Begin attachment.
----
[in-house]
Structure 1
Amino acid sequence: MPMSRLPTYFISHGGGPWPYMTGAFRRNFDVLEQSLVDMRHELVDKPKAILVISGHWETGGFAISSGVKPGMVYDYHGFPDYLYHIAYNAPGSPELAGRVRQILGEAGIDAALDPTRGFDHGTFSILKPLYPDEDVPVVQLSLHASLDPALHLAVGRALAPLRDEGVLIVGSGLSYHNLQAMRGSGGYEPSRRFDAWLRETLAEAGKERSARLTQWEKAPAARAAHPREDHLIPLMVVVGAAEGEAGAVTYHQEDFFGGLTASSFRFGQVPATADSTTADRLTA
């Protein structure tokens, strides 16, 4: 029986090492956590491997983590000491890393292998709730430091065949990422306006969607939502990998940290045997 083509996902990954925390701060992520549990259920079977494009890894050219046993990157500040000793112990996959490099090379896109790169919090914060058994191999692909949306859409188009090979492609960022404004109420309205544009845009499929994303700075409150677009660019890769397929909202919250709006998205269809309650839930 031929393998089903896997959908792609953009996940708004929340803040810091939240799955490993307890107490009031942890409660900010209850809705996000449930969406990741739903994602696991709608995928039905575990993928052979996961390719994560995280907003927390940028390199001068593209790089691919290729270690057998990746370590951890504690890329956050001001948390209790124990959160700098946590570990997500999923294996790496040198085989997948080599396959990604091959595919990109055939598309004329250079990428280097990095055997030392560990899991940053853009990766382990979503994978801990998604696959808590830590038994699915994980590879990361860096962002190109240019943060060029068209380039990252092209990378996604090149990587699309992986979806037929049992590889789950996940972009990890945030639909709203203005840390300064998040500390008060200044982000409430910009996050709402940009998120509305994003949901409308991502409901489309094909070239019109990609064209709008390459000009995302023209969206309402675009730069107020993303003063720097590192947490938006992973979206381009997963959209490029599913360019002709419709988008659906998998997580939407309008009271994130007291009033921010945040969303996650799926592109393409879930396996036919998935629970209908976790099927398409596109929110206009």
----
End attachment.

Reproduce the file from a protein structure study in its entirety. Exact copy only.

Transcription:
[in-house]
Structure 1
Amino acid sequence: MPMSRLPTYFISHGGGPWPYMTGAFRRNFDVLEQSLVDMRHELVDKPKAILVISGHWETGGFAISSGVKPGMVYDYHGFPDYLYHIAYNAPGSPELAGRVRQILGEAGIDAALDPTRGFDHGTFSILKPLYPDEDVPVVQLSLHASLDPALHLAVGRALAPLRDEGVLIVGSGLSYHNLQAMRGSGGYEPSRRFDAWLRETLAEAGKERSARLTQWEKAPAARAAHPREDHLIPLMVVVGAAEGEAGAVTYHQEDFFGGLTASSFRFGQVPATADSTTADRLTA
């Protein structure tokens, strides 16, 4: 029986090492956590491997983590000491890393292998709730430091065949990422306006969607939502990998940290045997 083509996902990954925390701060992520549990259920079977494009890894050219046993990157500040000793112990996959490099090379896109790169919090914060058994191999692909949306859409188009090979492609960022404004109420309205544009845009499929994303700075409150677009660019890769397929909202919250709006998205269809309650839930 031929393998089903896997959908792609953009996940708004929340803040810091939240799955490993307890107490009031942890409660900010209850809705996000449930969406990741739903994602696991709608995928039905575990993928052979996961390719994560995280907003927390940028390199001068593209790089691919290729270690057998990746370590951890504690890329956050001001948390209790124990959160700098946590570990997500999923294996790496040198085989997948080599396959990604091959595919990109055939598309004329250079990428280097990095055997030392560990899991940053853009990766382990979503994978801990998604696959808590830590038994699915994980590879990361860096962002190109240019943060060029068209380039990252092209990378996604090149990587699309992986979806037929049992590889789950996940972009990890945030639909709203203005840390300064998040500390008060200044982000409430910009996050709402940009998120509305994003949901409308991502409901489309094909070239019109990609064209709008390459000009995302023209969206309402675009730069107020993303003063720097590192947490938006992973979206381009997963959209490029599913360019002709419709988008659906998998997580939407309008009271994130007291009033921010945040969303996650799926592109393409879930396996036919998935629970209908976790099927398409596109929110206009």